Greece’s leading private sector union says international auditors monitoring Greece’s compliance with its EU-IMF rescue package would have failed their own evaluation.
“Their program has destroyed us, pushing the Greek economy into recession,” Yiannis Panagopoulos, head of the GSEE, an umbrella union with some 700,000 members, said on Friday.
He made the remarks in Athens after meeting with the EU-IMF mission.
Panagopoulos called the auditors “charlatans,” adding, “If (the auditors) were civil servants and had to be evaluated, it is certain that they would have been fired.”
The auditors are inspecting Greece’s finances, and urging the government to fulfill its promises to evaluate the civil service and cut 150,000 state jobs by 2015.
Athens is obligated to make spending cuts of 11.6 billion euros ($14.1 billion) over the next two years in order to keep getting loans.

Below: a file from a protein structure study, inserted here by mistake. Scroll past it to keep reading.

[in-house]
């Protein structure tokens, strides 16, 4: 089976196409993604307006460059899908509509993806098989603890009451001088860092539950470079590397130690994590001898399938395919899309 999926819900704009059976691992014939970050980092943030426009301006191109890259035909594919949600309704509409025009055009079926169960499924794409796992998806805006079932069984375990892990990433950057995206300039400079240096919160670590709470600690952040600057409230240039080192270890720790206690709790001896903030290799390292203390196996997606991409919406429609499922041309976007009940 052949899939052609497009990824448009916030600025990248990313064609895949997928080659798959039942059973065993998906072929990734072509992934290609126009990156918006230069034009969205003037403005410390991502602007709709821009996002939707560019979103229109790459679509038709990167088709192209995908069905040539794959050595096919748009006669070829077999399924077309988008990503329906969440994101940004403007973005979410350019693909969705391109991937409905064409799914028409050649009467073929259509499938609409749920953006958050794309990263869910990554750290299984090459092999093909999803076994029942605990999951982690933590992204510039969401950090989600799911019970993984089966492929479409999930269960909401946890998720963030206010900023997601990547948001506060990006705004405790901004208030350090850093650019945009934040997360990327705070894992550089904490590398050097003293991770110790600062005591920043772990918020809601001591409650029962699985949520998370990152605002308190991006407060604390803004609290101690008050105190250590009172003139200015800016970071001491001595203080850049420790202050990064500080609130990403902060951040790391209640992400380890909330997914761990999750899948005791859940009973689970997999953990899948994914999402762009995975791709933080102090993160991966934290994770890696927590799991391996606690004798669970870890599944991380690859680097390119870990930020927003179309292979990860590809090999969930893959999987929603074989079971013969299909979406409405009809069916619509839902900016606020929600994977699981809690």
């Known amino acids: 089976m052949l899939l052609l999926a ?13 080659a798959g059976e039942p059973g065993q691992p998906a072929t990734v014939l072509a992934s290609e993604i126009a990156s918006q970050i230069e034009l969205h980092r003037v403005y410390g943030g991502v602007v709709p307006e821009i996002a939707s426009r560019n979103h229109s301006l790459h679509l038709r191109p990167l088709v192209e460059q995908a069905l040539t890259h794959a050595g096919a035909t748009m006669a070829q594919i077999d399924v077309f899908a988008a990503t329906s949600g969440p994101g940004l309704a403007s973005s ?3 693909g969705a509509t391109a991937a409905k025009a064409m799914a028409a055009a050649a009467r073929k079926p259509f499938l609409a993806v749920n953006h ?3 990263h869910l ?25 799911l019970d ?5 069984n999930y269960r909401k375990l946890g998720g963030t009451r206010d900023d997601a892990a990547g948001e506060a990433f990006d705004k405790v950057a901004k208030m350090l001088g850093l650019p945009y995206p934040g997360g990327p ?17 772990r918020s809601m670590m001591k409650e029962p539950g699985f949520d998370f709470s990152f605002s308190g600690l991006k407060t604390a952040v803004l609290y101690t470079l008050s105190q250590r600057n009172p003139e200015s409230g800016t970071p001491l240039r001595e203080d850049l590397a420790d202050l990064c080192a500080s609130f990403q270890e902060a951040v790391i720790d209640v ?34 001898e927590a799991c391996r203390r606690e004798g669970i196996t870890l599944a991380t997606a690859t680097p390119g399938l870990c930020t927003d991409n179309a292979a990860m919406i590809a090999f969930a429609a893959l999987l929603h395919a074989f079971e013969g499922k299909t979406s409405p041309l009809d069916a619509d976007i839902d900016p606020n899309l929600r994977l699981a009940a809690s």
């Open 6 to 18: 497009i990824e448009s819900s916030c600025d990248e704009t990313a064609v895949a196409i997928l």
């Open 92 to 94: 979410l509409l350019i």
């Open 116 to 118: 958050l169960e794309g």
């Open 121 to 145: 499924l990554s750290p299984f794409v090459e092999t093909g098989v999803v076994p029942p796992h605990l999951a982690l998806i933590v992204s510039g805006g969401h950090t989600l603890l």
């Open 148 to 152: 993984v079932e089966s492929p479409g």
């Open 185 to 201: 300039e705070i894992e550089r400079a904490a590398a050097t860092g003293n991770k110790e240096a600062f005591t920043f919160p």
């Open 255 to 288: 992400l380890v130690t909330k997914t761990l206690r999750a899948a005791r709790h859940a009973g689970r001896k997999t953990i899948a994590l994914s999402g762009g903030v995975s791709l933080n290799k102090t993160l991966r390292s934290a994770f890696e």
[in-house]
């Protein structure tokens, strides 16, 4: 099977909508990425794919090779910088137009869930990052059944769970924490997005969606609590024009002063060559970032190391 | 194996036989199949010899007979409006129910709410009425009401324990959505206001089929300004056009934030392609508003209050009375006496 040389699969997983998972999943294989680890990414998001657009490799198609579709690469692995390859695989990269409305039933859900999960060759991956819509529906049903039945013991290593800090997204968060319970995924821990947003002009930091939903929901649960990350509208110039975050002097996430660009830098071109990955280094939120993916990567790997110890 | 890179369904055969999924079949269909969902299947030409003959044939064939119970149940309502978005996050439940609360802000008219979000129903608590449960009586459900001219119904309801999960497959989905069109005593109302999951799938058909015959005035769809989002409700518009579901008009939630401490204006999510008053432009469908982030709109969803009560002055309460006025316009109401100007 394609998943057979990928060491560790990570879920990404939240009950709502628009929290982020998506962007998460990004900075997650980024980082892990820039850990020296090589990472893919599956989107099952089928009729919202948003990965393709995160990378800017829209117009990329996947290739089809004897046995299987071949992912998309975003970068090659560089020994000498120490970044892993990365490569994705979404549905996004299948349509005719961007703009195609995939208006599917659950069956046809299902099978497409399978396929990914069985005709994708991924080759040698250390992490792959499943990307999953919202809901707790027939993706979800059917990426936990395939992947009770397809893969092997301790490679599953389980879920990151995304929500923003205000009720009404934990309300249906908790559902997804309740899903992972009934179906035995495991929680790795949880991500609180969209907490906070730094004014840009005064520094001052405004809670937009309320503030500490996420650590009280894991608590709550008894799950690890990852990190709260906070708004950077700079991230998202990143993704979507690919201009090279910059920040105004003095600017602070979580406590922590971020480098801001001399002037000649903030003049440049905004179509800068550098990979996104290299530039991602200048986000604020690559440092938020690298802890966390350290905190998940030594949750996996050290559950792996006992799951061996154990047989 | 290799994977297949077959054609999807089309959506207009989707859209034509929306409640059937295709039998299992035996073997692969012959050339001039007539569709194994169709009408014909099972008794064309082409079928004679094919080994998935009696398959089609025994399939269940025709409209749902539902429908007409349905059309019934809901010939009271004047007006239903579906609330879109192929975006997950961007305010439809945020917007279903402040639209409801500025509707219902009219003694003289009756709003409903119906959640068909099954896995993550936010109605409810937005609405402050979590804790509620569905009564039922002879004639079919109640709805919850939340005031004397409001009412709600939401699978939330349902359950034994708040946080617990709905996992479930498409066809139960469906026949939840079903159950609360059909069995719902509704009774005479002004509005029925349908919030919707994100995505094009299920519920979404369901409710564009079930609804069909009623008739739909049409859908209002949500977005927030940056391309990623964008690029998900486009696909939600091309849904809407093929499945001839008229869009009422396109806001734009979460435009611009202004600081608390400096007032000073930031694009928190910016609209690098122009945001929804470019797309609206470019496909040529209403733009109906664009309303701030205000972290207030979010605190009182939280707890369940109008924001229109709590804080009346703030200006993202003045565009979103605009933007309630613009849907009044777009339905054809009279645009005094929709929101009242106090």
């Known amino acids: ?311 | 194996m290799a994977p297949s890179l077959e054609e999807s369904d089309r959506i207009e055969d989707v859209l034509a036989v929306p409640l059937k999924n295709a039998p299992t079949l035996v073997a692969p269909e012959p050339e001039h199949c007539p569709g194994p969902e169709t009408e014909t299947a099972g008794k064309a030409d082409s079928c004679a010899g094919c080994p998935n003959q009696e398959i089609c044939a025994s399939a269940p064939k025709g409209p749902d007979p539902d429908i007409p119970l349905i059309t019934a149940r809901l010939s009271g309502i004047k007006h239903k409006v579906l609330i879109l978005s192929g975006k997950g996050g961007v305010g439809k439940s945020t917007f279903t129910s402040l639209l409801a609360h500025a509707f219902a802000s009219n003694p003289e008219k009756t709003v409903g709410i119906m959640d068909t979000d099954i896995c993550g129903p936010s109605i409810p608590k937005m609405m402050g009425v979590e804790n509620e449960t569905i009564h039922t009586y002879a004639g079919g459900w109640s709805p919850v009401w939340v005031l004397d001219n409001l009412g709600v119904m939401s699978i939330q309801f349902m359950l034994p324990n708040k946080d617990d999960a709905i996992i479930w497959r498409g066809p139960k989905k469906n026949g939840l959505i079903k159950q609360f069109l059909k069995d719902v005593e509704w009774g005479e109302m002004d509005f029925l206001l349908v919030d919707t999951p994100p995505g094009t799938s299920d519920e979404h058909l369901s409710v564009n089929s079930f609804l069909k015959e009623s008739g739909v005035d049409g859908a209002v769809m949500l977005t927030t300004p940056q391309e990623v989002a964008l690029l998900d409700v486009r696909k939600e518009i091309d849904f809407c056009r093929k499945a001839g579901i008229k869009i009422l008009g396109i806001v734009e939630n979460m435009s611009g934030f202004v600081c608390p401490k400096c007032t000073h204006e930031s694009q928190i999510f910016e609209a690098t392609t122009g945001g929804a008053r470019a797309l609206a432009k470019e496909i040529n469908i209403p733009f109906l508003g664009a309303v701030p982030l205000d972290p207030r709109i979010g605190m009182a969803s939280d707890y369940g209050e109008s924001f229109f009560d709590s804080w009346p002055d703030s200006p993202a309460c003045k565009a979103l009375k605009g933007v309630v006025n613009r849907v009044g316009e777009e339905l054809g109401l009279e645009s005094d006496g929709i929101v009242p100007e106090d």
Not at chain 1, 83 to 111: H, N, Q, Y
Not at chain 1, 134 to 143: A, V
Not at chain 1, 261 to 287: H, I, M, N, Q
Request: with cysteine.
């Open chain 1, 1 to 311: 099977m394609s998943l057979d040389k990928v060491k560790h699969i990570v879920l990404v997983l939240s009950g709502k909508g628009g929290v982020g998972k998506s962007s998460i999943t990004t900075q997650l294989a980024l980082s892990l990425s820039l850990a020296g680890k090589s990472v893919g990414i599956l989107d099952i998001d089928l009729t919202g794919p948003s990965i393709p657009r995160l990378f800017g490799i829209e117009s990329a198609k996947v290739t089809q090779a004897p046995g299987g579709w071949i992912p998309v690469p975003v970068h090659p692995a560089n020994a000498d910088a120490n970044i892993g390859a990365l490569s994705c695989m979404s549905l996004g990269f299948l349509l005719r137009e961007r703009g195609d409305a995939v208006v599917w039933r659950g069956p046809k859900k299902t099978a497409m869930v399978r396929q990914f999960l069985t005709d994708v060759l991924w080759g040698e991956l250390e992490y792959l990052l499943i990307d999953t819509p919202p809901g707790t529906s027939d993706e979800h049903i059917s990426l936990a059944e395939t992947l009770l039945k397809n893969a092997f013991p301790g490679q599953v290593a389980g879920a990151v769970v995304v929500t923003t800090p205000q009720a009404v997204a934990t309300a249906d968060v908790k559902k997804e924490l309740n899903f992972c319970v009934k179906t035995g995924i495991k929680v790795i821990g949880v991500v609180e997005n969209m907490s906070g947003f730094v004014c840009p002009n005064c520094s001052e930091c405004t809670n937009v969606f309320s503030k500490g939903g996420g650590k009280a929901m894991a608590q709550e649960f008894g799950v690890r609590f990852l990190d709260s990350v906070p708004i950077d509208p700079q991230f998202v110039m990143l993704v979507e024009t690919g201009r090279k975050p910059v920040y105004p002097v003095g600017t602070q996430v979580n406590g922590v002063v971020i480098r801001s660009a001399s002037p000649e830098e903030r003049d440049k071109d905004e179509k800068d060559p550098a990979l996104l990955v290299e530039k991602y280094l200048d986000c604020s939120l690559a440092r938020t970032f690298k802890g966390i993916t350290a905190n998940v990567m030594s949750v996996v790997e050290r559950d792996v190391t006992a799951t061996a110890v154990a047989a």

The money is supposed to be saved by making cuts in pensions, health support and other benefits.
“We told them that if the measures reported in the newspapers are carried out, recession in 2013 will be over 5.5 percent and unemployment could approach 28 percent,” Panagopoulos noted.
GSEE has vowed to present a “dynamic” response against the cuts.
Greece has been at the epicenter of the eurozone debt crisis and is experiencing its fourth year of recession, while harsh austerity measures have left about half a million people without jobs.
One in every five Greek workers is currently unemployed, banks are in a shaky position, and pensions and salaries have been slashed by up to 40 percent.
Greek youths have also been badly affected, and more than half of them are unemployed.
The long-drawn-out eurozone debt crisis, which began in Greece in late 2009 and reached Italy, Spain, and France last year, is viewed as a threat not only to Europe but also many of the world’s more developed economies.
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